But Richards, as Texas Monthly writer at large Jan Reid demonstrates in his savvy new biography, “Let the People In,” was more than the sharp-tongued granny she often played for the national press. She was among the first ardent feminists to gain high office, and for a time in the early 1990s, she was mentioned as a presidential candidate. But as fate would have it, Richards fell almost as quickly as she rose, swamped by the rising tide of Texas conservatism.
Hers is a darned good story, and Reid, a veteran of Austin literary and political circles, tells it with sympathy, insight and a deep knowledge of contemporary Texas politics. Richards was born poorish in 1933 and raised in Waco, a pretty girl and champion debater who married her high school sweetheart, a wealthyish intellectual named David Richards who went on to a long career as one of the state’s top liberal lawyers.
Like many women of her generation, all Ann wanted was a loving husband and a tidy house full of children, and “that’s what I did,” she once said. “And it just bored the living hell out of me. I was so bored, cooking and sewing and — you know, there were days when I spent the entire day ironing shirts.”
In the 1960s and ’70s, Ann found two ways to escape this boredom — local politics and alcohol. David Richards was an active Democrat, and his work pulled her into a world of campaigns, demonstrations and organizing, first in Dallas and later in Austin. In the capital, the Richardses fell in with a hard-partying group of politicos and artists who constituted the core of a kind of ’70s-era Texas cultural renaissance: singers such as Willie Nelson and Jerry Jeff Walker; writers such as Texas Monthly’s Gary Cartwright and especially the man who became Ann’s great love after her 1983 divorce, the late novelist and screenwriter Edwin “Bud’’ Shrake.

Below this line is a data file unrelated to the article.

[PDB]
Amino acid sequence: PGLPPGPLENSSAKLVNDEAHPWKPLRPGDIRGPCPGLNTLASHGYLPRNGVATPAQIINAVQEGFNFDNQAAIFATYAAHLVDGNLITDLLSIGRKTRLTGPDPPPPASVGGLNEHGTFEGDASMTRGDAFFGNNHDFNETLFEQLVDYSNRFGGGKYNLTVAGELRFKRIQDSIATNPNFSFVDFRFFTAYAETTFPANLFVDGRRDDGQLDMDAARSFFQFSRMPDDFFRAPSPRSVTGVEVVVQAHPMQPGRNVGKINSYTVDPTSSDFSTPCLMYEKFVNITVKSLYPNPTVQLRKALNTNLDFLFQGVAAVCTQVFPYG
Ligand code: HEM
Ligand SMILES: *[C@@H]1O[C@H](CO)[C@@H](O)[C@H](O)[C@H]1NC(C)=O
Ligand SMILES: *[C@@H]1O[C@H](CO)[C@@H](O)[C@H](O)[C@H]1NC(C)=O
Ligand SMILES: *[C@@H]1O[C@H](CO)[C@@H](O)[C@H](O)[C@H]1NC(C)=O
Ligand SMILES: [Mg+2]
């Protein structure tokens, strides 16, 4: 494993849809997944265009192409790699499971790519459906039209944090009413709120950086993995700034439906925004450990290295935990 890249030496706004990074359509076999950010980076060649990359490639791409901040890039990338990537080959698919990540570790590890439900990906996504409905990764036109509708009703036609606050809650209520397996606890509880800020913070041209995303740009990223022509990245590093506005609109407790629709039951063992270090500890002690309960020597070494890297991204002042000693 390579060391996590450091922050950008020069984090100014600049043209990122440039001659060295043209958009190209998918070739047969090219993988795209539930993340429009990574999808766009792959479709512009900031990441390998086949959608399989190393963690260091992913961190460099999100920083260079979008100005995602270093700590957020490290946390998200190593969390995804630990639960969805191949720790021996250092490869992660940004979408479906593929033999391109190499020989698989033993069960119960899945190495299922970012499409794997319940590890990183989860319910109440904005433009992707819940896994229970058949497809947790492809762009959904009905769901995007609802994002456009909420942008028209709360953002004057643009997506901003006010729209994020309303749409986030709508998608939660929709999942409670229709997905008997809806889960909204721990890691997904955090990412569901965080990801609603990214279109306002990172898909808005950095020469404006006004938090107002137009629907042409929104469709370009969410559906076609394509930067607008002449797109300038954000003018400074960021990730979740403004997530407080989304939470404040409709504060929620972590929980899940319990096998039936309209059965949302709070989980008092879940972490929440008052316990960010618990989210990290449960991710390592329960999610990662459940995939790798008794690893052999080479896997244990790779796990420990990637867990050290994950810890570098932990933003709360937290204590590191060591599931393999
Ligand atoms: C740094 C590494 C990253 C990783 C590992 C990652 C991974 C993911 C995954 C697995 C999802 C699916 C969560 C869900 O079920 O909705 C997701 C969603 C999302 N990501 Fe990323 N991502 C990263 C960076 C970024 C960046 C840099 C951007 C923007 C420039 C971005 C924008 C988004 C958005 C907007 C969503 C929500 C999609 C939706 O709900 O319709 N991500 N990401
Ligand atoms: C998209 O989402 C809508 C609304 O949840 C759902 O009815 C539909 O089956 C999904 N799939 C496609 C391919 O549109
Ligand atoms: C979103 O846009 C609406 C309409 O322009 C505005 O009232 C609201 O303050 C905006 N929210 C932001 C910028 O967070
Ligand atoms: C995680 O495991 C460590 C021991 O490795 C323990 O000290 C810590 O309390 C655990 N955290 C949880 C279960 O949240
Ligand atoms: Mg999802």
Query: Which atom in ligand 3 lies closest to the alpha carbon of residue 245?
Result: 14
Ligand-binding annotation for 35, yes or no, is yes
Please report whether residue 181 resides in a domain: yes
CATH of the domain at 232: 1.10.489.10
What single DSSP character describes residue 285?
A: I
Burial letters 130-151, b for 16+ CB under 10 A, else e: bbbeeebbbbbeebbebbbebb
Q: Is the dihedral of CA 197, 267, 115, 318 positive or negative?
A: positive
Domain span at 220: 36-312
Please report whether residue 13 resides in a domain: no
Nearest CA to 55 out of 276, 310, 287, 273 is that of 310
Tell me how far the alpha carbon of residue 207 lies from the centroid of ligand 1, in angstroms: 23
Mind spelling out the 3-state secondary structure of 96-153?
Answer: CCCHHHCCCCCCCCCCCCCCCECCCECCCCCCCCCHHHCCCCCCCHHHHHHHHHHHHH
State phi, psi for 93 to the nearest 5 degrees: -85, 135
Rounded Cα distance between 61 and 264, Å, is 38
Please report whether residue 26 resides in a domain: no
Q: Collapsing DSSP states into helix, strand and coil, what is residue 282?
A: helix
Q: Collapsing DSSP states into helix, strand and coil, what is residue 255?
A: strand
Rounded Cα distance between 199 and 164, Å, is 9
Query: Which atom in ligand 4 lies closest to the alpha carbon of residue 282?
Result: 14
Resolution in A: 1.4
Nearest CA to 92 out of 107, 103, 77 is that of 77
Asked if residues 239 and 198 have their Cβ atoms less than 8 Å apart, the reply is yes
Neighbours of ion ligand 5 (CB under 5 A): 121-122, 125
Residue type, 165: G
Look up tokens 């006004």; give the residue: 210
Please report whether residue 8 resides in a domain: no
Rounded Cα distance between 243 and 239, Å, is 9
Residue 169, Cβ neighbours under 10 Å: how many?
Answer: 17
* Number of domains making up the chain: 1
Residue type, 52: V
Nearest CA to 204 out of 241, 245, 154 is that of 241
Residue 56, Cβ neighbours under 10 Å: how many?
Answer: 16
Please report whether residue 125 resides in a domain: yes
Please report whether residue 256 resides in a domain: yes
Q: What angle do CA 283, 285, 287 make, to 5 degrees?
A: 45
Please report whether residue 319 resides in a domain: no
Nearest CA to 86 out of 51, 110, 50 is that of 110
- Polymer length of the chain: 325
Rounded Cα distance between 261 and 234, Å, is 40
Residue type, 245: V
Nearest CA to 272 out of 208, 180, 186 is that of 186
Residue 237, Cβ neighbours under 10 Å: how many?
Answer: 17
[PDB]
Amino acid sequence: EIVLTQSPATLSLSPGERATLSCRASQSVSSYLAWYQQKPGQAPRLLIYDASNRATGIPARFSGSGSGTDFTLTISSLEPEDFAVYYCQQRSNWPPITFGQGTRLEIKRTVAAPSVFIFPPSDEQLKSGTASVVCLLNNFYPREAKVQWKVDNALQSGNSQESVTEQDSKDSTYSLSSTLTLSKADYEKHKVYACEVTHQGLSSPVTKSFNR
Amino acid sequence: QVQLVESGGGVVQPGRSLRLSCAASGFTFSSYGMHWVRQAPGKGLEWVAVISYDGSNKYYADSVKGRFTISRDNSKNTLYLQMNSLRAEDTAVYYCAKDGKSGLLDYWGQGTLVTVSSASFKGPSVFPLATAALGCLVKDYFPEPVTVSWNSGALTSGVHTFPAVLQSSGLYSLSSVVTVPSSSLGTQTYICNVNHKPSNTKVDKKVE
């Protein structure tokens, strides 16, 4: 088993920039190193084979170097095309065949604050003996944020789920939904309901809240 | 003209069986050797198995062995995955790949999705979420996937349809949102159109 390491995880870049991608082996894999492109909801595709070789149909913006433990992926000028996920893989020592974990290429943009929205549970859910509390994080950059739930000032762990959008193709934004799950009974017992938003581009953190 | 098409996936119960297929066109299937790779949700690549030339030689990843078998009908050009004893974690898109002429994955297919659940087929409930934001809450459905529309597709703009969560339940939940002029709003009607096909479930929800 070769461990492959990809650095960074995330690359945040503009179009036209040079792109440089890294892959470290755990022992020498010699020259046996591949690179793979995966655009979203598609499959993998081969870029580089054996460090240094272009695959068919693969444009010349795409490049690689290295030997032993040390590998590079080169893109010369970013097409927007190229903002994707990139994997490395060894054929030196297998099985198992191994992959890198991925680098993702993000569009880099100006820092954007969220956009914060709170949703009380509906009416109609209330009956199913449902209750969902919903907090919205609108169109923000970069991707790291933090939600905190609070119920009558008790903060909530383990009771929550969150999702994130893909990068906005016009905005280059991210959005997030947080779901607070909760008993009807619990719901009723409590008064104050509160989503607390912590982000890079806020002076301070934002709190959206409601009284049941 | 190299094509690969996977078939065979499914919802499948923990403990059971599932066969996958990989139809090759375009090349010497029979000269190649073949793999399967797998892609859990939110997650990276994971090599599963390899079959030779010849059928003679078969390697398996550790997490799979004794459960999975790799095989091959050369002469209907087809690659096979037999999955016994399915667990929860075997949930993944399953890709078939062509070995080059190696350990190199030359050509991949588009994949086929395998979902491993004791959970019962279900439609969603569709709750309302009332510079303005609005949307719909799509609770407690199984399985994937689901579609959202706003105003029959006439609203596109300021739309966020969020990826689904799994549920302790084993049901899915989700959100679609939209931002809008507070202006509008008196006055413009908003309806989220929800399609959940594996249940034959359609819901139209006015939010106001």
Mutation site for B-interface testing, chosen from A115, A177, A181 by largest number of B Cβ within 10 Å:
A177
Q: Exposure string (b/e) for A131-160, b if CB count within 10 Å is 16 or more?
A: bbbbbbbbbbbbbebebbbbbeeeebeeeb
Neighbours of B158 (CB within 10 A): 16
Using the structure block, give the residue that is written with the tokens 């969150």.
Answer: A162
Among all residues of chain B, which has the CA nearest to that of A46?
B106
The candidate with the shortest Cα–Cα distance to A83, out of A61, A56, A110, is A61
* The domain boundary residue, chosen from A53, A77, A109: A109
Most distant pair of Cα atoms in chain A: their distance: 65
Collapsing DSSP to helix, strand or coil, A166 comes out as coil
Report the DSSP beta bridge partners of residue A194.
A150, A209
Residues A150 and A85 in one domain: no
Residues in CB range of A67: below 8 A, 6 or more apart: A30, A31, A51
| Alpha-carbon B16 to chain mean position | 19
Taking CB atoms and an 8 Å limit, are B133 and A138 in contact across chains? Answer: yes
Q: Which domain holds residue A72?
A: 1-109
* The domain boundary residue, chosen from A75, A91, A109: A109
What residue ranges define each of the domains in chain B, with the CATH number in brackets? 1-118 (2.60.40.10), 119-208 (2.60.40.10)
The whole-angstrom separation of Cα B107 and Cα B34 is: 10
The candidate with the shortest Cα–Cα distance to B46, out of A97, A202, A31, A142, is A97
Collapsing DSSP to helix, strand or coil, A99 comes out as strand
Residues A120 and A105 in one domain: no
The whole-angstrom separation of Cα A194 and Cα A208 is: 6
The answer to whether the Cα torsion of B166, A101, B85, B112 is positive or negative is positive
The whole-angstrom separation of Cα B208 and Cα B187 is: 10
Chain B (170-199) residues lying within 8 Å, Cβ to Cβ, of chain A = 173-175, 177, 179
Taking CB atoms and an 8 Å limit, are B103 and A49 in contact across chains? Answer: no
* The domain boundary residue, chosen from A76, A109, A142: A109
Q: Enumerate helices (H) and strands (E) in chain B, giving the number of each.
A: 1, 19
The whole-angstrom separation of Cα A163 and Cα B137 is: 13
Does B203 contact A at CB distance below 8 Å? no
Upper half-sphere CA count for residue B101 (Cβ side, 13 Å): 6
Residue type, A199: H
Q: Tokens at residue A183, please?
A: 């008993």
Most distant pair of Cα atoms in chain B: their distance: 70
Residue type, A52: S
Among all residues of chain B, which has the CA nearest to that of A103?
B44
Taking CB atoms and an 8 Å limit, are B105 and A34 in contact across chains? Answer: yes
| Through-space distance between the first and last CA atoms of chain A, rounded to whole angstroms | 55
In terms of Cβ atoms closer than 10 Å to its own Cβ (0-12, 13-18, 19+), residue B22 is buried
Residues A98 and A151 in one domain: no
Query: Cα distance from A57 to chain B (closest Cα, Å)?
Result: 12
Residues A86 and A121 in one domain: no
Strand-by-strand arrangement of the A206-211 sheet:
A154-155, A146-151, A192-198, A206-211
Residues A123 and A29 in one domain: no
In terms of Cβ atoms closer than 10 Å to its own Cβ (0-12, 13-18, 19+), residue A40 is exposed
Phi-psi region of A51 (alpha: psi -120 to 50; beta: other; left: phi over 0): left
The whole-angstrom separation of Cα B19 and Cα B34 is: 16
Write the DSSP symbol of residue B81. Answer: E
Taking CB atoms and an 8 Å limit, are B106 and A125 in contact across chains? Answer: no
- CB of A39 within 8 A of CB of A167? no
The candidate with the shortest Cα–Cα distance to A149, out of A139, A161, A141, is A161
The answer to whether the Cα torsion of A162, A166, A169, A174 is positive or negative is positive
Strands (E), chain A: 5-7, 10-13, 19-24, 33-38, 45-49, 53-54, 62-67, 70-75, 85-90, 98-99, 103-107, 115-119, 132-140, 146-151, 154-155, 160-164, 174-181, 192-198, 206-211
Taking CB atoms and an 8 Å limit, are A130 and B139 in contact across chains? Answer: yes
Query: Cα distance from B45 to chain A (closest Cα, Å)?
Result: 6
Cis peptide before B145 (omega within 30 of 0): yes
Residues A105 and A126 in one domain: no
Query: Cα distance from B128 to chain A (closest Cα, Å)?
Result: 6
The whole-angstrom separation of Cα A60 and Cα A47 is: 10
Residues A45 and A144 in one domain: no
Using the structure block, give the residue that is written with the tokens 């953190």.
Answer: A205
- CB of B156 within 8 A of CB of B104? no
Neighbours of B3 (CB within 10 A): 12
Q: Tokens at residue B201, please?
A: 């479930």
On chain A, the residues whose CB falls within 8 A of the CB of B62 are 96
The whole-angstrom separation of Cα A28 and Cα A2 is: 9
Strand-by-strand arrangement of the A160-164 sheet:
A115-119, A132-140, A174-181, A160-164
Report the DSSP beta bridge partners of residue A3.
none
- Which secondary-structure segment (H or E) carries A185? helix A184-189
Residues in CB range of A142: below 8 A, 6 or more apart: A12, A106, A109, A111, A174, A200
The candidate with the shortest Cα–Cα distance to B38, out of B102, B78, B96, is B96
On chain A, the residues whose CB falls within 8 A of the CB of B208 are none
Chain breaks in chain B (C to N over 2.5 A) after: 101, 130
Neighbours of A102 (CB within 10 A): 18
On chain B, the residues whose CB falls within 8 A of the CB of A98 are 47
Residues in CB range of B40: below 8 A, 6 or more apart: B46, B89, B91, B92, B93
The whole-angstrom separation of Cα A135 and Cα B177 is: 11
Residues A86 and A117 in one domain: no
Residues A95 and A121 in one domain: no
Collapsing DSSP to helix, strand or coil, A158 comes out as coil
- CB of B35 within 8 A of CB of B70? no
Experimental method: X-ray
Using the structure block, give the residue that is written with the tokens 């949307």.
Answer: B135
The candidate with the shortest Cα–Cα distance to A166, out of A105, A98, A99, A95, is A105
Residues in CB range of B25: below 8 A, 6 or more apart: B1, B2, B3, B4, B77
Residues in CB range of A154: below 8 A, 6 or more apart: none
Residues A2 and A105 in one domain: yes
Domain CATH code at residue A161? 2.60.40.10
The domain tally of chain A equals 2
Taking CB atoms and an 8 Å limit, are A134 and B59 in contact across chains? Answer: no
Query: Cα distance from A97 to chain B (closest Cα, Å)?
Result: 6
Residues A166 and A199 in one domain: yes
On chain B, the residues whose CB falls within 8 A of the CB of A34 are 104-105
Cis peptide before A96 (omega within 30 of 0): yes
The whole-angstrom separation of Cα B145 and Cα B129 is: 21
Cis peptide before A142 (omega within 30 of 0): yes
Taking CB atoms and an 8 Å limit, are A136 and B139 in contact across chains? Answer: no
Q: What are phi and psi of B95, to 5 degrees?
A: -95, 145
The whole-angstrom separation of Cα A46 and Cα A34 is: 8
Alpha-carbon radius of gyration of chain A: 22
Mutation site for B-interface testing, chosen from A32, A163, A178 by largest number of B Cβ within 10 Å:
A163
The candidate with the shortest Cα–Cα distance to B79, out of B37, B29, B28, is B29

Scenes from this era are easily the book’s best, such as the time Walker, Shrake and Cartwright, masquerading as a mock athletic troupe known as the Flying Punzers, crashed into the Richardses’ bedroom late one night doing somersaults and similar bits of derring-do. Drugs were as prevalent as cicadas in Austin at the time, and Reid reports that Ann developed a serious love of marijuana — he writes that she once lit up while riding in a limousine with a Carter administration official. Her true vice, though, was vodka, which she downed in tall glasses for hours at a time.